Notable Extras: DVD – A “Trick ’R Treat: Season’s Greetings” feature (with optional commentary by writer/director Michael Dougherty). Blu-ray – Includes everything on the DVD, as well as an audio commentary with the director, additional scenes, a special effects comparison, and another featurette on the legends of Halloween.
|BEST DVD PRICE
|Amazon – $14.99
|BEST BLU-RAY PRICE
|Amazon – $24.99
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It is no secret that I LOVED screenwriter Michael Dougherty‘s directorial debut Trick ‘r Treat (you can watch our video blog review here). The film will finally get released on Blu-ray/DVD this week, and part of the celebration includes Alex Pardee‘s “Hiding From The Normals” art show event at Gallery 1988.
To commemorate the event, Alex, Michael and Gallery1988 teamed up for a super limited edition t-shirt depicting Sam, one of the main, and scariest, characters from the film. There are only about 100 of these made, and they will be sold for $25 each. You’ll need to be at the Gallery on Tuesday night at 7pm, as they will be sure to go quick. Check out the full design after the jump.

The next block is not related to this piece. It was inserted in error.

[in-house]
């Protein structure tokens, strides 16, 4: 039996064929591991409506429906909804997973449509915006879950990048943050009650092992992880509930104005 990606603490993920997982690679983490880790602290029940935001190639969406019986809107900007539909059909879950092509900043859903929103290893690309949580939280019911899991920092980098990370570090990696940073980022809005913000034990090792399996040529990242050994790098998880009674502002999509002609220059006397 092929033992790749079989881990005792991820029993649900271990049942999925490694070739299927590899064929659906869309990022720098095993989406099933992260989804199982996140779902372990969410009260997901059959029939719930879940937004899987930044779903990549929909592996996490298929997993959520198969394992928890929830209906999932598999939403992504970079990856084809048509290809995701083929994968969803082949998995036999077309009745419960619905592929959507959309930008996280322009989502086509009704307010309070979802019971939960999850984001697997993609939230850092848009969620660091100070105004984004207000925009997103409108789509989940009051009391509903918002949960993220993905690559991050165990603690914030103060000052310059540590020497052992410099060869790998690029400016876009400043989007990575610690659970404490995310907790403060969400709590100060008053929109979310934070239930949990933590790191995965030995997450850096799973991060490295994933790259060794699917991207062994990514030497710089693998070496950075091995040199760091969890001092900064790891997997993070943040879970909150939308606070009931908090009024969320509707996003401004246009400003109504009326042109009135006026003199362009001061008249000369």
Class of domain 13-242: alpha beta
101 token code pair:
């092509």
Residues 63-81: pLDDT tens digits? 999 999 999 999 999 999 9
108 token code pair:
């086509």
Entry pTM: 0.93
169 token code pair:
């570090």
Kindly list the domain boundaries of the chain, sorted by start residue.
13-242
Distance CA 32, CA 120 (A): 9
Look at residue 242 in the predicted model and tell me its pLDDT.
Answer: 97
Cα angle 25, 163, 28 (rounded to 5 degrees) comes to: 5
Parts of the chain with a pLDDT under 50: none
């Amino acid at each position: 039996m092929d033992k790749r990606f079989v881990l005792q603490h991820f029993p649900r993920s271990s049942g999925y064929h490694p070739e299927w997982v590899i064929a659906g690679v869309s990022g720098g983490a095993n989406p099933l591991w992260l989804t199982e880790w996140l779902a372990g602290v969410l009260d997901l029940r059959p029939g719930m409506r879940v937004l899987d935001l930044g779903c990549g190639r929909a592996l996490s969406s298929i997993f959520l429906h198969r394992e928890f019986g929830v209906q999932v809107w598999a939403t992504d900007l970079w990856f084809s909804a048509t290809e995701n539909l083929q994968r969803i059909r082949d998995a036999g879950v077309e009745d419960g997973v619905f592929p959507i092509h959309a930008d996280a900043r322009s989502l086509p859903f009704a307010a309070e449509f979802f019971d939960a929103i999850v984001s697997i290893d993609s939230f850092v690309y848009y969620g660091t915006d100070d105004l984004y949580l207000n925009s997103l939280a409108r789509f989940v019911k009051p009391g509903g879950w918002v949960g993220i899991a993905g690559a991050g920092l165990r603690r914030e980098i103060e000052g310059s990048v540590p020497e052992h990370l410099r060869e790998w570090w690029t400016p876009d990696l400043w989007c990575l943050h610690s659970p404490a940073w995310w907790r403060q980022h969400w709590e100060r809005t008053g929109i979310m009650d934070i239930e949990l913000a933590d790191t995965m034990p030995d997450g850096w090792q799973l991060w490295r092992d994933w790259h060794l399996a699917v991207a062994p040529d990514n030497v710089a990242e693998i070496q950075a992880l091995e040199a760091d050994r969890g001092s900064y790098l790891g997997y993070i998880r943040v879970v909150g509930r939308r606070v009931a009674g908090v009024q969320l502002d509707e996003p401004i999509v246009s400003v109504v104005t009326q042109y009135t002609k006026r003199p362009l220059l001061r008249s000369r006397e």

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Fuck Pointless Remakes.
Fuck Shitty Sequels.
And Fuck Rob Zombie.
(Excuse the vulgarity, as we don’t use it often on /Fim — but when it is used, it is used to effect, to express a point. A bit of a warning, I have one more coming…)
Trick r Treat is the best Halloween movie since John Carptenter’s 1978 classic. X-Men 2 screenwriter Michael Dougherty‘s feature filmmaking debut feels like a film that Steven Spielberg might have made in the 1980′s if he didn’t go all PG. It feels like the Amblin film that Orci and Kurtzman always claim they are aiming to make.
(the rest of the review and a video blog reaction, after the jump)
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Paramount is currently gearing up to release the low-budget horror film Paranormal Activity on Sept. 25th in a few select cities. In addition to the typical marketing campaign, they’re also doing something quite innovative to figure out where to open the film next: They’re asking fans. They’ve started an Eventful page for the film, and are asking fans to demand screenings in their area. The areas with the most demands will be the first to get future screenings.